Strain Rate Dependent Properties of Younger Human Cervical Spine Ligaments
MetadataShow full item record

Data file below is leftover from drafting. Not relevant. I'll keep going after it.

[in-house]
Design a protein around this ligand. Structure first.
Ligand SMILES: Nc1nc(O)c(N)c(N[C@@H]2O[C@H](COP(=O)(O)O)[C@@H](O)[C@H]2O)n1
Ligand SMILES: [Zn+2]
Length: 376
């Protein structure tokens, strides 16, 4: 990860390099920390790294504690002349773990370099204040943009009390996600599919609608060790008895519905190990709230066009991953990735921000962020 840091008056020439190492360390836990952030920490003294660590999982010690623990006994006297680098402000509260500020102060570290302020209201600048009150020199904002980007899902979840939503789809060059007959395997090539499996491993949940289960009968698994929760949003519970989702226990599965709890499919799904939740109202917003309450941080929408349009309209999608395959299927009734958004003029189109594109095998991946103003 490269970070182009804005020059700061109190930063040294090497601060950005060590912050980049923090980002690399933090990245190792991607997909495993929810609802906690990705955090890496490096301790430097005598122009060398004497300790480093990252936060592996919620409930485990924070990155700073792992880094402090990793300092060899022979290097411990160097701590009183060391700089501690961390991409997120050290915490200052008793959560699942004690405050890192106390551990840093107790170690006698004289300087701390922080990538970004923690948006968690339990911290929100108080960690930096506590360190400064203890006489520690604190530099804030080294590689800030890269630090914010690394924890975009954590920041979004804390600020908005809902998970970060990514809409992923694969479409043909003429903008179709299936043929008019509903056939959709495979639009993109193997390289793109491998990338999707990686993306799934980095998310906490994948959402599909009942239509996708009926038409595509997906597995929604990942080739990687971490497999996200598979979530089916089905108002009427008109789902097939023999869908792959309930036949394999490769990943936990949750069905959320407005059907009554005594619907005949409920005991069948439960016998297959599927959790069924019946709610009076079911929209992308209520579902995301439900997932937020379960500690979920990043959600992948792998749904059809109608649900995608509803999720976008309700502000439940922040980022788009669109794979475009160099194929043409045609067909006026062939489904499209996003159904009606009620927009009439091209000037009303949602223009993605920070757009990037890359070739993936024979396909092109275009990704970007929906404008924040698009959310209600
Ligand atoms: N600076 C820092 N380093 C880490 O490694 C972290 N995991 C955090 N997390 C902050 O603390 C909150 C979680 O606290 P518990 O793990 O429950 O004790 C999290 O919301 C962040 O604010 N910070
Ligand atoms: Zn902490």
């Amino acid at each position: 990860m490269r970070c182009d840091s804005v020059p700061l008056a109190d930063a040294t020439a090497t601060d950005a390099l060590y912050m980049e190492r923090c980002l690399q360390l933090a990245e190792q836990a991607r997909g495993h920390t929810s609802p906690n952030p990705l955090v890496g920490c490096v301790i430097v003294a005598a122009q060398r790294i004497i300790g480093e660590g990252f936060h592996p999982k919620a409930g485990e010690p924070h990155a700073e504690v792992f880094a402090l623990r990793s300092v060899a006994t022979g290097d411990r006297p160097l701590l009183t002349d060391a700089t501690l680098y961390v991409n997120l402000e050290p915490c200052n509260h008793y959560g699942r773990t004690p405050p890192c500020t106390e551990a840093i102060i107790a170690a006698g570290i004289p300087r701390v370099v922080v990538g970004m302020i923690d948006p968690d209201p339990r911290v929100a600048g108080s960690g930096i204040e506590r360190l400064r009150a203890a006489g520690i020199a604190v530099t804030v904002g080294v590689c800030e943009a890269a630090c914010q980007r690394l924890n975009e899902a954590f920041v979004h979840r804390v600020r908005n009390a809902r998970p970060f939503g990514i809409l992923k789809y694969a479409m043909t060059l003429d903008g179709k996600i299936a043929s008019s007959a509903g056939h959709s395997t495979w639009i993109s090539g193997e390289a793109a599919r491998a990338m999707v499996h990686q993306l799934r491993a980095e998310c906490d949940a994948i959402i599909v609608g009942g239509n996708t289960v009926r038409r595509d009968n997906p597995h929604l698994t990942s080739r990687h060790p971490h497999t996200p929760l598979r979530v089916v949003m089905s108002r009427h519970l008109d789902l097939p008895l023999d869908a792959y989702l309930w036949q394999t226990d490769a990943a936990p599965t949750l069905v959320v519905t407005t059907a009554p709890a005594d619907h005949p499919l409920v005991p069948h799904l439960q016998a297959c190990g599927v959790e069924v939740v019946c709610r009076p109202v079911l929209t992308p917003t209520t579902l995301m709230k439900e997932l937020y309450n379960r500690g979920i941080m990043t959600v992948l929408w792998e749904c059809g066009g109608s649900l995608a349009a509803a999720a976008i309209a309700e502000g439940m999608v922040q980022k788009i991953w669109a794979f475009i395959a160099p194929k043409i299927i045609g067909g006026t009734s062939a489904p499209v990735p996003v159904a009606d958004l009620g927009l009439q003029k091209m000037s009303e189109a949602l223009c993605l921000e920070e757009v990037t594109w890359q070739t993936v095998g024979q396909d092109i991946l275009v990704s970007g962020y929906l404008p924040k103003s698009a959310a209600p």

The cervical spine ligaments play an essential role in limiting the physiological ranges of motion in the neck; however, traumatic loading such as that experienced in automotive crash scenarios can lead to ligament damage and result in neck injury. The development of detailed finite element models for injury simulation requires accurate ligament mechanical properties at relevant loading rates. The objective of this research was to provide detailed mechanical properties for the cervical spine ligaments, by performing tensile tests at elongation rates relevant to automobile crash scenarios, using younger specimens (less than 50 years old), and to provide a comprehensive investigation of spinal level and gender effects. The five primary ligaments (present between C2-T1) investigated were: the anterior longitudinal ligament, posterior longitudinal ligament, capsular ligament, ligamentum flavum, and interspinous ligament. The craniovertebral ligaments (Skull/C0-C2) investigated were the tectorial membrane/vertical cruciate/apical/alar ligament complex, transverse ligament, anterior atlanto-occipital membrane, posterior atlanto-occipital membrane, anterior atlanto-axial membrane, and posterior atlanto-axial membrane. Tests were performed within an environmental chamber designed to mimic in vivo temperature and humidity conditions, and specimens were preconditioned for 20 cycles at 10% strain prior to testing to failure. Ligaments were tested at quasi-static (0.5s-1), medium (20s-1) and high (150-250s-1). These strain rates were predicted by an existing cervical spine finite element model under typical crash scenarios. Two hundred sixty-one total primary ligament tests were performed, with approximately even distribution within elongation rate, spinal level, and gender. Another forty-four craniovertebral ligaments were tested. Results were plotted as force-displacement curves and the response characteristics determined from the curves were: failure force, failure elongation, stiffness of the linear region, toe region elongation, failure stress, failure strain, modulus and toe region strain. The measured force-displacement data followed expected trends when compared with previous studies. The younger ligaments had less scatter, and were both stiffer and stronger than the older specimens that were reported in previous studies at both quasi-static and comparable higher elongation rates. Statistical analysis was performed on the results to establish significant effects. Strain rate effects were most significant whereas spinal level effects were not found. In general, gender effects were not found to be significantly different, but consistent trends were identified with male ligaments having a higher stiffness and failure force than female ligaments. The post-ultimate load region of the curves was reported to offer insight into the ligament failure mechanism. The characteristic values obtained were used to develop average curves for each ligament, with the intention to eventually be directly integrated into finite element models to better represent the ligament structures. Curves were developed to incorporate the strain rate, spinal level and gender effects for each ligament based on the statistical analyses. Post-failure response was incorporated into these curves because this region has been shown to have an effect on neck behaviour in mathematical models. Recommendations for future studies include measuring accurate cross sectional areas of ligaments during tensile testing to obtain true stress and true strain measurements to better understand if differences in mechanical properties are structural or material. Other possible improvements would be further testing of young cervical spine ligaments with larger sample sizes to further explore spinal level and gender effects. Additional testing performed under identical testing conditions as the current study would allow for pooling of the results effectively increasing the sample size.